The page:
I had the opportunity to see Keesmaat and Walsh speak on their latest joint effort, Romans Disarmed, last fall. The medium-sized lecture hall at Community Christian Reformed Church in Kitchener was packed, with nearly 100 people in attendance. Every seat was full. People were sitting in the aisle, standing against the walls, in the gymnasium just outside, a dozen people stood huddled at the doors. Seems a lifetime ago, in these days of social distancing and self-isolation. Young people, seniors, council members, university students, young couples with their infants soundly sleeping in strollers or carriers, all huddled together to hear two scholars talk for a couple of hours about their years-long research into the epistle of Paul to the Romans.
As I stood there, surrounded by people, it struck me just how hungry the church is for good biblical scholarship.
Keesmaat and Walsh don’t pull punches, they don’t dumb down, they don’t play it safe, they don’t say what people want to hear. What they do, somehow, is bring the scriptures to life. With an encyclopedic historical imagination, a unified and intertextual canon, and a robust hermeneutic for engagement with pressing social issues, Keesmaat and Walsh invite us into the world of Rome in classical antiquity – or perhaps better put, the worlds of Rome, demonstrating how the lived experience of Greek and Jew, male and female, slave and free, were indeed worlds apart. As they draw us in to the pressing issues of Paul’s day – prime among them the dehumanizing and creation-destroying violence of the imperial military-economic machine, they draw connections to a whole host of contemporary social issues, including economics, colonialism, homelessness, ecology, sexuality, justice and war.
The greatest strength of this volume is the authors’ exhaustive contextual scholarship. I was impressed with their respectful treatment of the Bible as a coherent whole – a canon, in the fullest sense of the word. Their exploration of Paul’s letter leads us from Genesis to Revelation, with significant stops in Exodus, Deuteronomy, Psalms, Isaiah, Hosea, and Habbakkuk, showing how immersed Paul was in the Hebrew scriptures. Likewise, their encyclopedic approach to reconstructing the Roman Empire as Paul would have experienced it is creative, engaging, and exhaustively researched. This careful scholarship, both biblical and historical, opens the reader’s eyes to allusions, references, paraphrases, clichés, and sarcasm we might otherwise miss in English translation. This research grounds their engagement with contemporary issues. As they explain, “Faithfulness to the covenant God is always embodied in particular historical situations and contexts. Conversely, the challenges to such faithfulness – the power of evil, death, or injustice (adikia, as Paul puts it) – are always embodied in particular narratives, particular idolatrous practices, particular symbols.” In order to read and interpret scripture faithfully, Keesmaat and Walsh argue, God’s people need to name names.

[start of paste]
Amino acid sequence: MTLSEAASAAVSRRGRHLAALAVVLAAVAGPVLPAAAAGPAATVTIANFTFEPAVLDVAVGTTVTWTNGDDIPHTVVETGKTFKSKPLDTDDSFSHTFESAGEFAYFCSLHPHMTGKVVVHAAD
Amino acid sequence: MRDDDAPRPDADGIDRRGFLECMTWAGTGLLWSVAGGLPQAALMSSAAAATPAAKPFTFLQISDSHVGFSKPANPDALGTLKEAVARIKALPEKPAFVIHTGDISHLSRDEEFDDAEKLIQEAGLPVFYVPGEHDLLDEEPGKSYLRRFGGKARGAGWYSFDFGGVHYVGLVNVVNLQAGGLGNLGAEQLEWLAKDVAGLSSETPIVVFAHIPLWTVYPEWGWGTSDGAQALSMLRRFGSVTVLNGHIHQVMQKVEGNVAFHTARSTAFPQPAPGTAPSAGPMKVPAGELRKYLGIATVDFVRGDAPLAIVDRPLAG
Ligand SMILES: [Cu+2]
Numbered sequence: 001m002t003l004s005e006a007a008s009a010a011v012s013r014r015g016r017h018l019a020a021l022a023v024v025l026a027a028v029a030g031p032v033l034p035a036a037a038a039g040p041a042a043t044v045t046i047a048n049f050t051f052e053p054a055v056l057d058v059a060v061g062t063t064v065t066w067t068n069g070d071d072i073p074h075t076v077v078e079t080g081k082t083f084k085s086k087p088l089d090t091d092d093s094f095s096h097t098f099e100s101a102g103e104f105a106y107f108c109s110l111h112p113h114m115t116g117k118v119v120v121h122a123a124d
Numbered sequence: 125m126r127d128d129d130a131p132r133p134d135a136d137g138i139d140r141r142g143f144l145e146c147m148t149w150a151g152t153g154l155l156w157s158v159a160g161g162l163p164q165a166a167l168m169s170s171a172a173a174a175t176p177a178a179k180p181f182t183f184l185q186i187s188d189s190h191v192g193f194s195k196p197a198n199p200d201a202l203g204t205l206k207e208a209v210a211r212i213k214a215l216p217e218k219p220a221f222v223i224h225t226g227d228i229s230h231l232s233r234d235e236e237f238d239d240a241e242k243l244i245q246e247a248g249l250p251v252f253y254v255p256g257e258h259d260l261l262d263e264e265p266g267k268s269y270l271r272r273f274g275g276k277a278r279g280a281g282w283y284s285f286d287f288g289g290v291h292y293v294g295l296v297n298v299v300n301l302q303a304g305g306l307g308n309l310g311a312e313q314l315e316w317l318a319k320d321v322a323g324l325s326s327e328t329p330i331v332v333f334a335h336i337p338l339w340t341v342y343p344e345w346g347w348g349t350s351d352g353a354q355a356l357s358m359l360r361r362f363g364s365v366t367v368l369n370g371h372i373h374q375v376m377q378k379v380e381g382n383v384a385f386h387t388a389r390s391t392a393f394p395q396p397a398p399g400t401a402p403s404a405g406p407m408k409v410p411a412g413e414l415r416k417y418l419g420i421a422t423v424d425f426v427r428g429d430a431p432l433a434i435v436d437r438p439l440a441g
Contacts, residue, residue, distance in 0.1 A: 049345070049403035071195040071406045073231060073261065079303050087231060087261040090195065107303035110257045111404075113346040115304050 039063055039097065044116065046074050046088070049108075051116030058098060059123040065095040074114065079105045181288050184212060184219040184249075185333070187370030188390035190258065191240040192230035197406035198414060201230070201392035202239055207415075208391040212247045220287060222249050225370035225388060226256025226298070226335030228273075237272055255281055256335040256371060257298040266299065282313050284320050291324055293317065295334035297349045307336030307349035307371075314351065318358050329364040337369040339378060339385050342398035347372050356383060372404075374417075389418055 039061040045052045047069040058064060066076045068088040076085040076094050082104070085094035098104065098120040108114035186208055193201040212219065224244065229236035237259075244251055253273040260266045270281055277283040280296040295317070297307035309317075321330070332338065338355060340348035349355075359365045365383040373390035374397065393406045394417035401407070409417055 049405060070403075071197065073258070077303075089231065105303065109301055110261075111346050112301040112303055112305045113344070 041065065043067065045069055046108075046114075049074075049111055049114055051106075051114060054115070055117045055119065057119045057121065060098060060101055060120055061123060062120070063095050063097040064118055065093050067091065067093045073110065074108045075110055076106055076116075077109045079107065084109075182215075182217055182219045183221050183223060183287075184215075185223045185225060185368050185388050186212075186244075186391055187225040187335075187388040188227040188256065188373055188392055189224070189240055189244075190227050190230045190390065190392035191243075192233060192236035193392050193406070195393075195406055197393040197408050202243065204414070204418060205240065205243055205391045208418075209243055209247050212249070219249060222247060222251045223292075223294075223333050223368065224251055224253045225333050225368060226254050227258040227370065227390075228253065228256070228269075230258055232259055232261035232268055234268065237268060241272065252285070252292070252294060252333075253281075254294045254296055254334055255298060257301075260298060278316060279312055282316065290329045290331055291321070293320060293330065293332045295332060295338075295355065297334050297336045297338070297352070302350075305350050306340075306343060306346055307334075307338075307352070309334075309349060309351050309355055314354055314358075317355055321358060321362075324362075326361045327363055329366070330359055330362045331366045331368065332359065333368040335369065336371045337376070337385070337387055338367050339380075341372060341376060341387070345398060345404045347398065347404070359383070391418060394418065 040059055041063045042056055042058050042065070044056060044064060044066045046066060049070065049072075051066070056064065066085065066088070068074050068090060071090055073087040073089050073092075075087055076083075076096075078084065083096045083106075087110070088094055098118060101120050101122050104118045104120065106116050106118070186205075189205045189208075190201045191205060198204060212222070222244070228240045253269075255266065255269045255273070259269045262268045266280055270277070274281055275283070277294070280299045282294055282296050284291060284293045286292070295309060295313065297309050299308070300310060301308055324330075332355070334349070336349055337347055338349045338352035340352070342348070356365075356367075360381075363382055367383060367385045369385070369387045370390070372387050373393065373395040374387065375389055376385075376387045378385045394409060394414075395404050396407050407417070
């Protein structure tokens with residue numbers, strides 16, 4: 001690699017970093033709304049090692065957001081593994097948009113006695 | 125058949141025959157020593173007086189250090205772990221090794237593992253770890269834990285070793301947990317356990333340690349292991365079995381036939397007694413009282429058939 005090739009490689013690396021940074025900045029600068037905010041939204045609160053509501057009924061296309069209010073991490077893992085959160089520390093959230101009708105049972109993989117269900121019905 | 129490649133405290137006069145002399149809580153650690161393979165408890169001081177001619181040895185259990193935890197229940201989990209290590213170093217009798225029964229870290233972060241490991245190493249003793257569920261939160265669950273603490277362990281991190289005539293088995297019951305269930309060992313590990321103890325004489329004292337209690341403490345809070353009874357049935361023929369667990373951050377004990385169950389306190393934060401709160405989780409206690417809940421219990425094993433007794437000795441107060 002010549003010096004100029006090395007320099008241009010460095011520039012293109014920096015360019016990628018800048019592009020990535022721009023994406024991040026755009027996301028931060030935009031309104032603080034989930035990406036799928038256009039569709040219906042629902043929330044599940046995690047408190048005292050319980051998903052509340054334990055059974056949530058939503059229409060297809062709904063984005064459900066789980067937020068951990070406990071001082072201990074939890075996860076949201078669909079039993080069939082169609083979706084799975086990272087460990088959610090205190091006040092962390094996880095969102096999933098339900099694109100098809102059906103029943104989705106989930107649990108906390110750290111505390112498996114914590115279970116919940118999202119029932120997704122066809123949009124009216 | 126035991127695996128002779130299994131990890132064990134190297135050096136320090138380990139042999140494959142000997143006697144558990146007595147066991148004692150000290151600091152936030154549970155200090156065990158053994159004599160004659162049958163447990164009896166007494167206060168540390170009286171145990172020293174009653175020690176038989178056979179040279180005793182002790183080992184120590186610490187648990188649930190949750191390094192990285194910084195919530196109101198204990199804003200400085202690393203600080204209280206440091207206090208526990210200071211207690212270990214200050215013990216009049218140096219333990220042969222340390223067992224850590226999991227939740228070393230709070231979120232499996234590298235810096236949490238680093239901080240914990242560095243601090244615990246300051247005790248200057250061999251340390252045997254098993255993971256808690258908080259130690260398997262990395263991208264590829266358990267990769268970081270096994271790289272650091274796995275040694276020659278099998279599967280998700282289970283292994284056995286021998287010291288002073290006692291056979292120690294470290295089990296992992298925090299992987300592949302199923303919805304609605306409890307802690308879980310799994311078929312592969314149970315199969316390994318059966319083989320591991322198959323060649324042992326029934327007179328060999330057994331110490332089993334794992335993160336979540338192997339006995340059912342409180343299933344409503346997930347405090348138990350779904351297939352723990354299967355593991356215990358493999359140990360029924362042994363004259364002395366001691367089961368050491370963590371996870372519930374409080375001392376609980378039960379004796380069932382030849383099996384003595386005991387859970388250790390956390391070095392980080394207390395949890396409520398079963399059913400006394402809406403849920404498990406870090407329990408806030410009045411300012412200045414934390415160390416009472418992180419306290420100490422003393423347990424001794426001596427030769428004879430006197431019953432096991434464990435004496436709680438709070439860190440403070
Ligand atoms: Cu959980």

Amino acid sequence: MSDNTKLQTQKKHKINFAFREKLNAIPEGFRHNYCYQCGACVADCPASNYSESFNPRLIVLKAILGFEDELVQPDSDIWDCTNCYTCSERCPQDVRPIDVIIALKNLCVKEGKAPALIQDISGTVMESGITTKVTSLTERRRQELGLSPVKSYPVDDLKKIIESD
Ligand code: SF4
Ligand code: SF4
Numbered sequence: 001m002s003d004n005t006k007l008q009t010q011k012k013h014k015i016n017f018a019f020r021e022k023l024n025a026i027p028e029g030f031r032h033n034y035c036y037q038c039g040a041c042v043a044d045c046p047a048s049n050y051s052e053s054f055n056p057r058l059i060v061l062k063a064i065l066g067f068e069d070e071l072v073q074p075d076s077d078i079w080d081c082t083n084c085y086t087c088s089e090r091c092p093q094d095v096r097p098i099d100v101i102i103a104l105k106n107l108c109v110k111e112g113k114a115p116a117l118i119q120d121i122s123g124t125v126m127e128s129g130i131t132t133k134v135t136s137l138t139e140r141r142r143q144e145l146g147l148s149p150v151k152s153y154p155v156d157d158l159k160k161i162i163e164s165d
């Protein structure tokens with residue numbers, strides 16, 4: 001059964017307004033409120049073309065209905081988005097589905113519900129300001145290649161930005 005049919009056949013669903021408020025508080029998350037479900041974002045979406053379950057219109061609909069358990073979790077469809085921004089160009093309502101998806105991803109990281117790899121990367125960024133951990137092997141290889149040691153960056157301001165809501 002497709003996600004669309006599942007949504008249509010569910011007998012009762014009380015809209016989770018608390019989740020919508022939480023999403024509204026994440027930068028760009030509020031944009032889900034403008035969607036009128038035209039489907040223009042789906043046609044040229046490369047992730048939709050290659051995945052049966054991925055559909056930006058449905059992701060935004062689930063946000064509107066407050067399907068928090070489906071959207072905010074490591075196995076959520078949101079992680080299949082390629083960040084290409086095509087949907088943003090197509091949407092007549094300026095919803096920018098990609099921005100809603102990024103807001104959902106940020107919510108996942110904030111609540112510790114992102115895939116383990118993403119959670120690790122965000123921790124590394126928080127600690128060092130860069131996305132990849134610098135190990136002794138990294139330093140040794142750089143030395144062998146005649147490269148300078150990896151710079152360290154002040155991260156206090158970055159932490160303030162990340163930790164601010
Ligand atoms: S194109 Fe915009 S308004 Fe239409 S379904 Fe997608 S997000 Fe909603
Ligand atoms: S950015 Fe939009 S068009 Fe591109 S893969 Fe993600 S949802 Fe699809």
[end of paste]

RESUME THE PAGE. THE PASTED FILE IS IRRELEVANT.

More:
Some people will accuse Keesmaat and Walsh of disarming Romans only to wield it as a weapon the other way (isn’t there something in the Bible about double-edged swords?), and that might be a fair assessment. The authors are rightfully angry about how those in power have historically wielded these words of scripture to further dehumanize the marginalized. Keesmaat and Walsh want to put the interpretation of scripture into the hands of the marginalized, “reading from the margins,” as they call it. The perspective is refreshing, challenging, infuriating, illuminating, terrifying, and encouraging all at once. Which feels right, when one speaks of the Word of God.
One thing I found troubling – I should rephrase that, because everything about this book is troubling; it will profoundly “trouble” you. One thing I didn’t really know what to do with was Keesmat and Walsh’s lack of engagement with the idea of “redemption” of empire. Throughout the book there was a kind of heavy pessimistic fatalism, as though the only faithful response to injustice in today’s day and age is to trade in your smartphone for 40 acres in cottage country. I know that that’s an unfair characterization of what these two scholars are doing up at Russet House Farm, but I must admit I was hoping for some deeper self-awareness in terms of their own privilege, and the ways that they (like Paul) use the tools of the empire to further the subversive and transformative message of the Kingdom of God.
I think Romans Disarmed is a helpful addition to the world of biblical scholarship. I would encourage pastors and thoughtful Christians to engage with it, understanding that it is not a light read. I do wonder, though, whether it arrives too late to a party that is already well underway. Christian leaders have been calling for the institutional church to lift up the voices of those who have historically been silenced for decades now, and the institutions of the church are (admittedly slowly) changing their practices in response. Christian publishers, colleges and universities, seminaries, think tanks, journals and magazines are all seeking to engage the voices of those who have been historically marginalized – commentaries, courses, lectures, books and scholarly articles by women, indigenous writers, and ethnic minorities are finding avenues for engagement with the broader Christian world. Jackson Wu’s Reading Romans with Eastern Eyes, for example, received significant engagement and attention in Protestant and Evangelical circles last year. I wonder if these changing realities take some of the bite out of Keesmaat and Walsh’s critique. As more and more diverse voices are included in Christian scholarship, I wonder how much longer people will read books by white authors calling for greater representation in theology and biblical studies.